The Nigerian banking scene is experiencing some last minute changes before the year comes to an end. Two year old Titan Trust bank is on its way to acquiring a majority stake in 104-year-old Union Bank in Nigeria.
In a statement published on December 23 on the Nigerian Stock exchange (NGX) website, Union Bank announced a share sale agreement between it and Titan Trust bank for the purchase of 89.39% majority stake by Titan Trust bank. The completion of the deal is “subject to regulatory approvals and the fulfilment of certain conditions precedent.”
Tell me about Titan Trust Bank (TTB)
With its few physical branches (only two bank branches in Lagos), TTB styles itself as a digital bank first. The bank is chaired by former Deputy Governor of the CBN and Chairman of Flutterwave, Tunde Lemo. It’s CEO Mudassir Amray is a former Citibank executive. In its 2020 financial statement , TTB reported a profit after tax of ₦2.9 billion on gross earnings of ₦8.5 billion up from ₦2.5 billion gross earnings reported a year earlier when it just commenced operations. It acquired it’s national banking license in April 2019 and commenced operations in October 2019.
Union Bank PLC which has been operating in Nigeria since 1917 according to data from Nairametrics the bank has a market valuation of ₦147 billion (≃$350 million), trading at a price to earnings ratio of 5.69x, it has a net asset of ₦264 billion (≃$642 million) and total asset of ₦2.56 trillion ($6.239 billion).
Hint: While many people didn’t see the acquisition coming, earlier in the year, Titan’s Executive Director, Adaeze Udensi mentioned that the bank was on track to doubling it’s net income and it was looking for opportunities to scale up and also focusing on growth.
Zoom out: This deal is one of the most outstanding acquisitions in the Nigerian banking history and when consummated, Titan Trust will own the largest equity stake by a single investor in any of the country’s publicly quoted banks.
2. KENYA’S CENTRAL BANK REGULATES DIGITAL LENDERS
After many months of complaints, Kenya’s digital lenders are now under the central bank of Kenya’s (CBK) control.
The 2021 amended act which allows the CBK to license and supervise previously unregulated digital lenders went into effect on Thursday December, 23rd. The amendment which was signed into law earlier this month will mean that digital credit providers will need a license from the CBK to operate and now fall under the same laws as commercial banks operating in the country.
Why this move?
“Concerns have been raised by the public about predatory practices of the unregulated digital credit providers, and in particular, their high cost, unethical debt collection practices, and abuse of personal information” The CBK noted in the announcement and this was the catalyst for this Act. This new law means that credit providers can no longer use threats of or violence to retrieve unpaid loans as it has been reported by kenyans that digital lenders sometimes go as far as calling and harassing family members of debtors.
The CBK has prepared a draft Digital Credit Providers Regulations and has called for public input. This new law requires the CBK to publish these regulations in three months, which means the draft should become effective in March, 2022.
Meanwhile, in the midst of this new Act, the IMF revealed on Thursday that multiple bank executives have protested the CBK’s reluctance to approve lenders’ request to raise the cost of loans following the scrapping of lending rate controls on November 7, 2019.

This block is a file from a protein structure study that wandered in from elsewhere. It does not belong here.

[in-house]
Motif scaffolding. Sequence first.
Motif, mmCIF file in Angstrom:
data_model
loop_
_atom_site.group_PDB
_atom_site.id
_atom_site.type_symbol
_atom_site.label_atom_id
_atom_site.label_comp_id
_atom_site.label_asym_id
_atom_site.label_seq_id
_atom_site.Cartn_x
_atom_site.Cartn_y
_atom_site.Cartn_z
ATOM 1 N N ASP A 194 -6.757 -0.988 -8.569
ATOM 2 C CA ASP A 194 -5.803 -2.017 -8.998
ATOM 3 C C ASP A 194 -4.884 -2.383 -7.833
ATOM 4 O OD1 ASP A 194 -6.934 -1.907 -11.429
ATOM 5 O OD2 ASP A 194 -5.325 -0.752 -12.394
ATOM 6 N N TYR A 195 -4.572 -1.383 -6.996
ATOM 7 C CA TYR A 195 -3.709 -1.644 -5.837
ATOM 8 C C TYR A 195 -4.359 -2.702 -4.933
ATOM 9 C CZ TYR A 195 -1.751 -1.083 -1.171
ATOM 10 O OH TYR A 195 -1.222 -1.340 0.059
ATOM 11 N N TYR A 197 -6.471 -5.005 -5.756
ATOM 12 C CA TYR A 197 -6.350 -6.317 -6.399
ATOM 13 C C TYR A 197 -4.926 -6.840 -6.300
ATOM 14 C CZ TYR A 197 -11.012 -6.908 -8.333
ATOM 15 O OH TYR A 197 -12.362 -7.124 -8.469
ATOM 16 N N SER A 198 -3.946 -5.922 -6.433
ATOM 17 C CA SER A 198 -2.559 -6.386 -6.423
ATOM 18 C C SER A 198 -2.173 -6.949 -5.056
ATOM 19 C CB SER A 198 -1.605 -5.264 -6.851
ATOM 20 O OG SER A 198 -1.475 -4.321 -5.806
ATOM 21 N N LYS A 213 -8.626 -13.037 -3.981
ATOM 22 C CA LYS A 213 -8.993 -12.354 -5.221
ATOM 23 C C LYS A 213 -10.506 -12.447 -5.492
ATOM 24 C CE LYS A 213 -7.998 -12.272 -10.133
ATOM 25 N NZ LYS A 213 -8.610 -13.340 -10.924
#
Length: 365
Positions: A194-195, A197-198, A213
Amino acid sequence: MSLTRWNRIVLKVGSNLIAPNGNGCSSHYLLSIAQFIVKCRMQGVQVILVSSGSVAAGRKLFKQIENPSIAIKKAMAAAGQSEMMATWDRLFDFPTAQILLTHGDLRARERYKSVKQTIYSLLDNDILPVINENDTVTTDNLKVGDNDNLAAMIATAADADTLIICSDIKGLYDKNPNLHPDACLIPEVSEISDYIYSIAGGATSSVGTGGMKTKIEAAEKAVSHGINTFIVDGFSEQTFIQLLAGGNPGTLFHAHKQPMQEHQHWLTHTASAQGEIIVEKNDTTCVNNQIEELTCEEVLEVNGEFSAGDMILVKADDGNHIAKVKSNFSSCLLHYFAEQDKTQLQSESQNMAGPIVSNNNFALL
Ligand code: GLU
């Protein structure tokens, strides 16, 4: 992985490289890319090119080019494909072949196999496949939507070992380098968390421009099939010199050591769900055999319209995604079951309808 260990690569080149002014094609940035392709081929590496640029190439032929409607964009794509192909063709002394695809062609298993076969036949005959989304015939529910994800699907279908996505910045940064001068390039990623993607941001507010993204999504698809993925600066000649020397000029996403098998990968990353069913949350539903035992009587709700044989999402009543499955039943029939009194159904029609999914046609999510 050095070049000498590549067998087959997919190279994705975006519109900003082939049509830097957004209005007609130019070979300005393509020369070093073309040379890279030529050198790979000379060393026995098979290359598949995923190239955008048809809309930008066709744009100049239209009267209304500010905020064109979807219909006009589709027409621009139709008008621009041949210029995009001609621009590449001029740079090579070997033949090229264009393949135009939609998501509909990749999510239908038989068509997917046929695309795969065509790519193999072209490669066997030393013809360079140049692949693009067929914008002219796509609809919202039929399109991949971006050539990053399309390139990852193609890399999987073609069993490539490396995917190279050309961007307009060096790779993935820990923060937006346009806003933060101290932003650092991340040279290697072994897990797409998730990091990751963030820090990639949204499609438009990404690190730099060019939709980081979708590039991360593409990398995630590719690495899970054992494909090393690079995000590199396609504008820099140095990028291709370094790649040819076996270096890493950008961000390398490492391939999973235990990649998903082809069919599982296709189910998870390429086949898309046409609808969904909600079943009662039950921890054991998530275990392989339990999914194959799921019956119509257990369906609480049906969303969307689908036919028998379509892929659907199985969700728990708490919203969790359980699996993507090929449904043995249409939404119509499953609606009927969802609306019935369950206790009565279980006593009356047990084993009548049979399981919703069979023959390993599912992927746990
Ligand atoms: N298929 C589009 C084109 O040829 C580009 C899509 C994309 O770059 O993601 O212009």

The effect of this is that banks will continue to play safe by investing government securities and restrict lending to even high-quality customers with a lower risk of default to avoid getting in trouble with the regulator.
Zoom out: The new Act in place for digital lenders, now means that the loan interest controls imposed on all lending institutions now apply to digital lenders and they too will have to seek approval from the Central Bank for the pricing of their loans just like other commercial physical banks. The full draft regulations for digital banks are available here.
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Moroccan real estate valuation startup, Agenz has secured 5 million dirhams ($540K) in seed funding. This funding from Azur Innovation Partners comes in less than a year since the launch of Agenz and is one of the largest seed round funding to happen in Morocco.
Agenz was founded in 2020 by brothers Malik Belkeziz and Badr Belkeziz, and it aims to provide real-time, precise real estate appraisal and analysis by bringing together a select team of staticians, engineers and data scientists in Morocco. Agenz allows visitors of it’s site to value their property for free, look at local prices and also pick a real estate agent.
The company will use these funds to improve research and development activities and expand the company all over Morocco in coming weeks.
4. APPLE WORKERS STAGE CHRISTMAS EVE WALKOUT
On Christmas eve Apple workers advocacy group, Apple Together, which is made up of current and former Apple Inc. workers, announced plans for a walkout/callout by store employees.
The workers’ demands include safer working conditions amid the pandemic, hazard pay, healthcare coverage, and more accessible paid leave.
How did the strike go? The scale of the walkout is unclear so far and so is the number of workers who participated. Based on feedback provided to AppleInsider very few employees participated in the 10 stores they reached out to but Huffpost reports that at least 50 employees called out of work on Friday in participation.
This strike action is the latest in a growing number of issues reported concerning worker conditions and activism actions by Apple employees this year. There has been some development reported on twitter concerning demands being met in some stores but nothing has been confirmed by Apple yet.
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